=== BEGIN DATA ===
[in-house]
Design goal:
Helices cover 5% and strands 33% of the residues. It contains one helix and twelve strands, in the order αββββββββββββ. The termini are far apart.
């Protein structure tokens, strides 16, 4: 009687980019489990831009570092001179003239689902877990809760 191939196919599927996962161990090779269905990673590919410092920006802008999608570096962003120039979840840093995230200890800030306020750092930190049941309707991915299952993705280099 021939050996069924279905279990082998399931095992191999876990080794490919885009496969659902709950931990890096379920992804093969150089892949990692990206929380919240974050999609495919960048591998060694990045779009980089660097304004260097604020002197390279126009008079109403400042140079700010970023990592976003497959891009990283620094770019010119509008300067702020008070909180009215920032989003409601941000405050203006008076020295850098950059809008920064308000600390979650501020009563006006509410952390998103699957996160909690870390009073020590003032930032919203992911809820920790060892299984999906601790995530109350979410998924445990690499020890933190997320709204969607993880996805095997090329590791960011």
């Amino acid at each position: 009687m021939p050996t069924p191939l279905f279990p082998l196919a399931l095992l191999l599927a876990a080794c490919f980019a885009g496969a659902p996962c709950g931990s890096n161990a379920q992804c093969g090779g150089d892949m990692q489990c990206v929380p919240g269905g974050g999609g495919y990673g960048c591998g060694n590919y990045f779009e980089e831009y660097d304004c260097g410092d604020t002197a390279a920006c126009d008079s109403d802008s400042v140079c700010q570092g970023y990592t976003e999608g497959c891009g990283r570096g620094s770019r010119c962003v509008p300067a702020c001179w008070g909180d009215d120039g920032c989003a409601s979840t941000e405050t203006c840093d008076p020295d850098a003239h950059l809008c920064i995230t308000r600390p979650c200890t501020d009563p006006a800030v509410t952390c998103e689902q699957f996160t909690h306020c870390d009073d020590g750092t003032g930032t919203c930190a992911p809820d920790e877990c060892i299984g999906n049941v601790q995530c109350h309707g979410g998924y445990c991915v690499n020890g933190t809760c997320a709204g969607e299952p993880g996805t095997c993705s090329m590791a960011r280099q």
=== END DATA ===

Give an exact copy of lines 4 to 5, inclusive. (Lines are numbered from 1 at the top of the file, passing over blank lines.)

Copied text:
């Protein structure tokens, strides 16, 4: 009687980019489990831009570092001179003239689902877990809760 191939196919599927996962161990090779269905990673590919410092920006802008999608570096962003120039979840840093995230200890800030306020750092930190049941309707991915299952993705280099 021939050996069924279905279990082998399931095992191999876990080794490919885009496969659902709950931990890096379920992804093969150089892949990692990206929380919240974050999609495919960048591998060694990045779009980089660097304004260097604020002197390279126009008079109403400042140079700010970023990592976003497959891009990283620094770019010119509008300067702020008070909180009215920032989003409601941000405050203006008076020295850098950059809008920064308000600390979650501020009563006006509410952390998103699957996160909690870390009073020590003032930032919203992911809820920790060892299984999906601790995530109350979410998924445990690499020890933190997320709204969607993880996805095997090329590791960011």
């Amino acid at each position: 009687m021939p050996t069924p191939l279905f279990p082998l196919a399931l095992l191999l599927a876990a080794c490919f980019a885009g496969a659902p996962c709950g931990s890096n161990a379920q992804c093969g090779g150089d892949m990692q489990c990206v929380p919240g269905g974050g999609g495919y990673g960048c591998g060694n590919y990045f779009e980089e831009y660097d304004c260097g410092d604020t002197a390279a920006c126009d008079s109403d802008s400042v140079c700010q570092g970023y990592t976003e999608g497959c891009g990283r570096g620094s770019r010119c962003v509008p300067a702020c001179w008070g909180d009215d120039g920032c989003a409601s979840t941000e405050t203006c840093d008076p020295d850098a003239h950059l809008c920064i995230t308000r600390p979650c200890t501020d009563p006006a800030v509410t952390c998103e689902q699957f996160t909690h306020c870390d009073d020590g750092t003032g930032t919203c930190a992911p809820d920790e877990c060892i299984g999906n049941v601790q995530c109350h309707g979410g998924y445990c991915v690499n020890g933190t809760c997320a709204g969607e299952p993880g996805t095997c993705s090329m590791a960011r280099q």